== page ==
[R-sig-ME] Repeated-measures analysis with count data following a negative-binomial distribution

Thierry Onkelinx thierry.onkelinx at inbo.be
Tue Mar 20 13:22:34 CET 2018

Dear Vincent,

A mixed model with subject as random intercept is recommended. You need to
think about the counts. Are they really counts? Or are they an ordinal
factor? The negative binomial distribution is OK in case of counts.

GEE is valid in case you want the estimate the marginal effects. Use lme4
or similar when you want conditional effects.

Best regards,

ir. Thierry Onkelinx
Statisticus / Statistician

Vlaamse Overheid / Government of Flanders
Team Biometrie & Kwaliteitszorg / Team Biometrics & Quality Assurance
thierry.onkelinx at inbo.be
Havenlaan 88 bus 73, 1000 Brussel

To call in the statistician after the experiment is done may be no more
than asking him to perform a post-mortem examination: he may be able to say
what the experiment died of. ~ Sir Ronald Aylmer Fisher
The plural of anecdote is not data. ~ Roger Brinner
The combination of some data and an aching desire for an answer does not
ensure that a reasonable answer can be extracted from a given body of data.
~ John Tukey


2018-03-20 6:58 GMT+01:00 VINCENT KOPPELMANS <vincent.koppelmans at utah.edu>:

> Dear all,
> I am looking for advice on how to run a repeated analysis on count data.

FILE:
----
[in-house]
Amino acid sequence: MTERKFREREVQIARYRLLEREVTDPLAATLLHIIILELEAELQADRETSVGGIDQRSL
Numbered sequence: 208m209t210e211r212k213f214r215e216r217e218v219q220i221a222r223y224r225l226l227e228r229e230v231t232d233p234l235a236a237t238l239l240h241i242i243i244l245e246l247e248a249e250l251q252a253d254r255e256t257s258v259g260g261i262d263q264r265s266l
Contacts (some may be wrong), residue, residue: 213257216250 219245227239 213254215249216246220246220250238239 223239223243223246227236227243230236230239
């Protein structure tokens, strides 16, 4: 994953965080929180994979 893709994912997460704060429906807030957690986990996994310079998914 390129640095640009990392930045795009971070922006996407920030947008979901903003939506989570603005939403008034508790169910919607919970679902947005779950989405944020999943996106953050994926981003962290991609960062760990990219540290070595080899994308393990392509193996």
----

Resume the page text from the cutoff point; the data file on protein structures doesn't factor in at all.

> My issue is as follows:
>   *   We counted the number of carotid plaques from ultrasound images in a
> diseased population and a group of control subjects
>   *   We have measured the plaques for all subjects in both the left and
> the right carotid artery during the same session
>   *   The number of plaques is a count score ranging from 0 to 6
>   *   The distributions look like this:
>      *   Plaques in the left carotid artery: https://www.dropbox.com/s/
> t5tqh4wjrfc5eml/Left.png?dl=0
>      *   Plaques in the right carotid artery: https://www.dropbox.com/s/
> nl5ezef145av2ae/Right.png?dl=0
>      *   (Where NKI= the diseased population; RSS= the control subjects;
> (all)= the two groups combined. There are no numbers on the x-axis, but the
> 7 columns are the count scores 0-6 (left to right).)
>   *   There is biological evidence that the distribution of plaques for
> left and right differ in the general population (i.e., our control
> subjects).
>   *   I would like to test if the difference in distribution of plaque
> scores between the left and right carotid arteries is different between my
> two populations.
>   *   Previous analyses (e.g., comparing a single side between groups)
> showed me that a negative binomial distribution is a better fit for my data
> than a Poisson distribution.
> My idea is to run a repeated-measures negative binomial regression
> analysis where plaque score measures (left and right) would be the repeated
> measures. In this case I would be interested in the ‘body side’ by group
> interaction.
> My questions are:
>   *   Is a good and valid approach?
>   *   I am thinking about using R’s GEE package (
> https://cran.r-project.org/web/packages/gee/index.html). Would that be
> the right tool for this job?
> Thanks!
> - Vincent
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